Pearl is rebranding its first floor restaurant as Akoya. Chef Greg Garbacz will be introducing an Asian pub menu starting January 5th. There is quite the story behind the Akoya name. [The Insider]
Molecular archeologist, Dr. Patrick McGovern who was behind Dogfish Head’s Midas Touch, Jiahu and Theobroma beers has been axed by the University of Pennsylvania. [Beer Radar]
We came across this little ditty tucked into Dan Gross’s column today:
…Vice stayed limber with shots of Patron in the DJ booth with promoter Brett Perloff throughout his set. Perloff, who recently parted ways with the Stein family at Pearl (1904 Chestnut), in which he was a partner, says he’ll open a high-end boutique bottle-service bar in the Rittenhouse area next month. He was mum on a name or exact location, since the joint is another bar now.
Our first thought was, really?! Does the Rittenhouse area need another high-end bottle-service bar in this economy? Of course, then our inner Restaurant Yenta took over and we started to wonder… where exactly that Rittenhouse location might be? Where would you put it?
Dan Gross [PhillyGossip]
Chef Ari Weiswasser Leaves Pearl [KleInsider]
Craig LaBan discovers that Asian Fusion still has some life left, especially in the hands of Pearl’s Chef Ari Weiswasser.
Not that Pearl’s “pan-Asian” concept exactly offers fresh turf for an ambitious young chef to roam. The menu touches every cliche in the Asian fusion playbook, from tuna tartare to miso-glazed black cod, tempura-fried rock shrimp, and calamari salad.
But it is in the execution that Weiswasser’s pedigree shines through, his years in the rigorous kitchens of Restaurant Daniel, Gilt, Striped Bass and Le Bec-Fin giving new life and a little elegance to these old water chestnuts.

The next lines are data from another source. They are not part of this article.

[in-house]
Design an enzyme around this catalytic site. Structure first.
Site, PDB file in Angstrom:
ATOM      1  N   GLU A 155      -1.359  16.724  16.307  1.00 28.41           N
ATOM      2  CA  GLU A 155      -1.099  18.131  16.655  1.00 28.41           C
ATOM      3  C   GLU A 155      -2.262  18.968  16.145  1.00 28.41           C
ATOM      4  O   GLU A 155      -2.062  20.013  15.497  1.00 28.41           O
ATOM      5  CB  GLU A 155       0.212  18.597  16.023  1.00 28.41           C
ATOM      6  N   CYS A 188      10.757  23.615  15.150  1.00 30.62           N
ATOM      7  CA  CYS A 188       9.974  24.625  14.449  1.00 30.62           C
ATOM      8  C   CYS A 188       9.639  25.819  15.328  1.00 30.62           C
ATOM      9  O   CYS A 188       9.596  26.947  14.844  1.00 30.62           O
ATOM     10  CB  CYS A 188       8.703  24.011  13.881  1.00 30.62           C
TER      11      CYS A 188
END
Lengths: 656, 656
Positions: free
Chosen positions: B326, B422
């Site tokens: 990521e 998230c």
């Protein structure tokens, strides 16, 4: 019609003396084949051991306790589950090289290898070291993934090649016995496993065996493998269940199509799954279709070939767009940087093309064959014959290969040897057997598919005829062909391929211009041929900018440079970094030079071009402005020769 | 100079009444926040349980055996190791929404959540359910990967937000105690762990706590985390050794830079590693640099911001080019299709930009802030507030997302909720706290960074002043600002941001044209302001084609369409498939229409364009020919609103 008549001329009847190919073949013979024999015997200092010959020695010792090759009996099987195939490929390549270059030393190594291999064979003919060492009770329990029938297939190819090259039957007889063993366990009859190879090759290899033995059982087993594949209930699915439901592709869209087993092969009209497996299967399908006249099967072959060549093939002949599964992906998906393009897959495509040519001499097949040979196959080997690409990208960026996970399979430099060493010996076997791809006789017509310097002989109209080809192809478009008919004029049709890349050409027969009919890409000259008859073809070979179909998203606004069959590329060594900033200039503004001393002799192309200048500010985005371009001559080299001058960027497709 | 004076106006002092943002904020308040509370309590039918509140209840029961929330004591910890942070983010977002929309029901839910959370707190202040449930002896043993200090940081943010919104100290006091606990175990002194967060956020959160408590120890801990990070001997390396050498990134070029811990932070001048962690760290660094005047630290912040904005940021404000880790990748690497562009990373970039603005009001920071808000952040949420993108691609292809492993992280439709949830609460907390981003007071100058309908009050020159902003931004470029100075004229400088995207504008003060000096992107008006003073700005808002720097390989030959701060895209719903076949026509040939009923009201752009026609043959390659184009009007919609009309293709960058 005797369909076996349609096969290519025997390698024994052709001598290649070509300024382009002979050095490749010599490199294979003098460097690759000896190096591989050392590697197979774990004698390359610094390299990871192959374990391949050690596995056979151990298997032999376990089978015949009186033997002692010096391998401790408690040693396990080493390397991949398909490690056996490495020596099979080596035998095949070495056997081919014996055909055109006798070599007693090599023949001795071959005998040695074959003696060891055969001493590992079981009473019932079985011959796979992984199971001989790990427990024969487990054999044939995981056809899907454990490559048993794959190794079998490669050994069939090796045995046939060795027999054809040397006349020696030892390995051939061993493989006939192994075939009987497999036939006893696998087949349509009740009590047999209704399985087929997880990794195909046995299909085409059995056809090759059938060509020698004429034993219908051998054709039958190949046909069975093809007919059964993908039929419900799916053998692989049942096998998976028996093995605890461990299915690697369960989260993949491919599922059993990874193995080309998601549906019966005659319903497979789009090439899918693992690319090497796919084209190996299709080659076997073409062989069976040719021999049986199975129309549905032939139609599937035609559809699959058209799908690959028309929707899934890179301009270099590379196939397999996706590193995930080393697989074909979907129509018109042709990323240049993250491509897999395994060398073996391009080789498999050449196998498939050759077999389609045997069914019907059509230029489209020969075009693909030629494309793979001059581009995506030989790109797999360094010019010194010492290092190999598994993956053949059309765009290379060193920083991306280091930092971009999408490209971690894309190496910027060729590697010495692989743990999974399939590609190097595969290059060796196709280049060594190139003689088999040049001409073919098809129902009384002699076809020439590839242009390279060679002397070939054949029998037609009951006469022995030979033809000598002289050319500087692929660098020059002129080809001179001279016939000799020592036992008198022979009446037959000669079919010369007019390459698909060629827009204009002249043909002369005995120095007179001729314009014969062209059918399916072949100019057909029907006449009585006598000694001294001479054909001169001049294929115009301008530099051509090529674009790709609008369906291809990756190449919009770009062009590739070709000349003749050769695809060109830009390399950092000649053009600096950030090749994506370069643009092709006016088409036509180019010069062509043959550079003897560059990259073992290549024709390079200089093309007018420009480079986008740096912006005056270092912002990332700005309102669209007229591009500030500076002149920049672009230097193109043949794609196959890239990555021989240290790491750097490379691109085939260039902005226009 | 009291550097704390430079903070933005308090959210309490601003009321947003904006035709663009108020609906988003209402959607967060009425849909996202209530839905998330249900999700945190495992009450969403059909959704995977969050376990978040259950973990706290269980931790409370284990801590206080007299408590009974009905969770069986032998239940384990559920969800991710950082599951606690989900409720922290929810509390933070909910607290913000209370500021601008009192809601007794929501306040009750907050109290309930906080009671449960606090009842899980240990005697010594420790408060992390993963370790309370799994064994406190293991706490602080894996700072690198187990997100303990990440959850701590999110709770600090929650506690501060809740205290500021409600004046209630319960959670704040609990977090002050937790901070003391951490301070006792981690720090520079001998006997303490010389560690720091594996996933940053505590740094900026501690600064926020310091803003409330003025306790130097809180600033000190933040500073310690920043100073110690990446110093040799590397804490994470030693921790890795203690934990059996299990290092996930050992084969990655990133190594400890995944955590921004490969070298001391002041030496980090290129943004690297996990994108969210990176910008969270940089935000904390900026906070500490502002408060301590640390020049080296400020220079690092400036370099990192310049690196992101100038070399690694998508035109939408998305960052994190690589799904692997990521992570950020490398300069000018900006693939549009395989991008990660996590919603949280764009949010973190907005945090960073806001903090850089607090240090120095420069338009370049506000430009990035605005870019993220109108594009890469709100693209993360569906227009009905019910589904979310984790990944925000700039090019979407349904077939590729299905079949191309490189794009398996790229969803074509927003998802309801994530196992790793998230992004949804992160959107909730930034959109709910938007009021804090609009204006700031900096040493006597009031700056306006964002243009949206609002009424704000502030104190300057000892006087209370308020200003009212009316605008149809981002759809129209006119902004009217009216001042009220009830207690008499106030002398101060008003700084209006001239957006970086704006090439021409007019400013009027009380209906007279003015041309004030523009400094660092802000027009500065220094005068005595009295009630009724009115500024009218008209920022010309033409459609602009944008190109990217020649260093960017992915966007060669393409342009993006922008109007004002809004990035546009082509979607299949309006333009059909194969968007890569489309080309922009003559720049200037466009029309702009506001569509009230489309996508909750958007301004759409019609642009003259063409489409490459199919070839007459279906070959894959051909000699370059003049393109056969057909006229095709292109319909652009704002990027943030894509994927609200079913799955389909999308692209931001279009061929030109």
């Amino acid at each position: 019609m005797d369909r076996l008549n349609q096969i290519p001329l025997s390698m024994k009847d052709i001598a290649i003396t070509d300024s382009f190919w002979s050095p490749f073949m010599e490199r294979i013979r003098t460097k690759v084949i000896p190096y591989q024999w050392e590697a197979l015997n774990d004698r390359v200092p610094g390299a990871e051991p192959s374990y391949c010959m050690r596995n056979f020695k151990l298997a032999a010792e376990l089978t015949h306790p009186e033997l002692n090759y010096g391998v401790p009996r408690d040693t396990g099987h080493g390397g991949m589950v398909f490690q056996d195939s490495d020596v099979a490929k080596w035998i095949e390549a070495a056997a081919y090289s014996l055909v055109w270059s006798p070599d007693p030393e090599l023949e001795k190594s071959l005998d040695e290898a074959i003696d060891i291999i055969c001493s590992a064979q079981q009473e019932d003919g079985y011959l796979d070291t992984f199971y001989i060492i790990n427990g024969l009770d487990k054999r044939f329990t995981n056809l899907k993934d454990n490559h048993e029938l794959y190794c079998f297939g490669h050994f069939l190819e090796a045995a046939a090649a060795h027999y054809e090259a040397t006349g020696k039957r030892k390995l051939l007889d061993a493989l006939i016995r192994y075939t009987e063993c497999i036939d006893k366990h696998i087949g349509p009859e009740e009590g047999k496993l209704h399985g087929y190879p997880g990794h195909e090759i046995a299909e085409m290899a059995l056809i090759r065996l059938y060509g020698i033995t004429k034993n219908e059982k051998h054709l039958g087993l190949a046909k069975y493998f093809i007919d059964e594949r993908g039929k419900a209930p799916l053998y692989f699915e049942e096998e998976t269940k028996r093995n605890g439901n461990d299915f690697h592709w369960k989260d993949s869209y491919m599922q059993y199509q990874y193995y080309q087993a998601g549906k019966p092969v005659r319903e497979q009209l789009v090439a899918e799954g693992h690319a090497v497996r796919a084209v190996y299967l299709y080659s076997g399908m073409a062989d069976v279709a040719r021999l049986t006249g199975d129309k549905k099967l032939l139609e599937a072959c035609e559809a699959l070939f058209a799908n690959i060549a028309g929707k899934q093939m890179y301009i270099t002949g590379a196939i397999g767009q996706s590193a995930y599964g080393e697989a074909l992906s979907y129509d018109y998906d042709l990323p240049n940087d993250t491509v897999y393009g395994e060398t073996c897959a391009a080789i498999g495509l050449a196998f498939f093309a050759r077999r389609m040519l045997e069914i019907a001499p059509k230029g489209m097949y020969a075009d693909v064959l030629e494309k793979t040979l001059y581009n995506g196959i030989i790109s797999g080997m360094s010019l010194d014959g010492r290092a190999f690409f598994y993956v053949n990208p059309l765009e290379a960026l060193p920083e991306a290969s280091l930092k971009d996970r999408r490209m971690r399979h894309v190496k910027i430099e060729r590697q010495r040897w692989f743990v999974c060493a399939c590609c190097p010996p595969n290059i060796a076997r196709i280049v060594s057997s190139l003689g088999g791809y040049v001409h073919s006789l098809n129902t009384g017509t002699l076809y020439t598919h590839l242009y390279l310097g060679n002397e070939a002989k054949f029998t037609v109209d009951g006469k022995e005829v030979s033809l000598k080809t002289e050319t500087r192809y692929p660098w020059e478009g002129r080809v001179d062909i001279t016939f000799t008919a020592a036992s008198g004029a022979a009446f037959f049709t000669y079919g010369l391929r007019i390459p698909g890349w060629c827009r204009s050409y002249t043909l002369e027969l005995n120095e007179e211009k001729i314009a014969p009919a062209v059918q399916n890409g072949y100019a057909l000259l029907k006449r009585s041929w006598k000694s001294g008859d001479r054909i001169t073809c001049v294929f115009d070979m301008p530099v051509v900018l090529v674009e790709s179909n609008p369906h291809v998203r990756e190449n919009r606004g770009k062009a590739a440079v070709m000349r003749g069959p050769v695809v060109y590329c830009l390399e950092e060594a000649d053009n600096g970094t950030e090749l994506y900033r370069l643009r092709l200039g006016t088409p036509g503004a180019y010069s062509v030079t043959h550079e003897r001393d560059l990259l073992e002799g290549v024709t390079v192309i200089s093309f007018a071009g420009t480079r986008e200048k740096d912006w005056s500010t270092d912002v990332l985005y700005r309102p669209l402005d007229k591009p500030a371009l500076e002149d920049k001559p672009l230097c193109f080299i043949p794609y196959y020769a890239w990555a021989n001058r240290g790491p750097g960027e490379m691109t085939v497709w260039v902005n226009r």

There is an extra succulence to the Peking duck spring rolls, for example, thanks to two duck preparations for the stuffing (involving lots of molten duck fat), a dash of sweet corn puree, and a finishing inner wrap of Thai basil that gives each bite an herby freshness.
Two Bells – Very Good
Pearl [Philadelphia Inquirer]
Pearl [Official Site]
A sharp-eyed tipster cleared up the mystery of what exactly a Euro is, in the context of hospitality jobs. Via craigslist:
Pearl is hiring Barbacks and Euros (bottle service busser). Need the ability to work in a high volume bar and lounge. Please stop in and fill out an application 12pm-5pm, Monday – Friday.
Of course! “Euro” is so much more glamorous than “bottle service busser” which is way more glamorous than a plain old “busser.”
If you’ve ever been a busser, you undoubtedly know just how glamorous the job really is, no matter what you call it.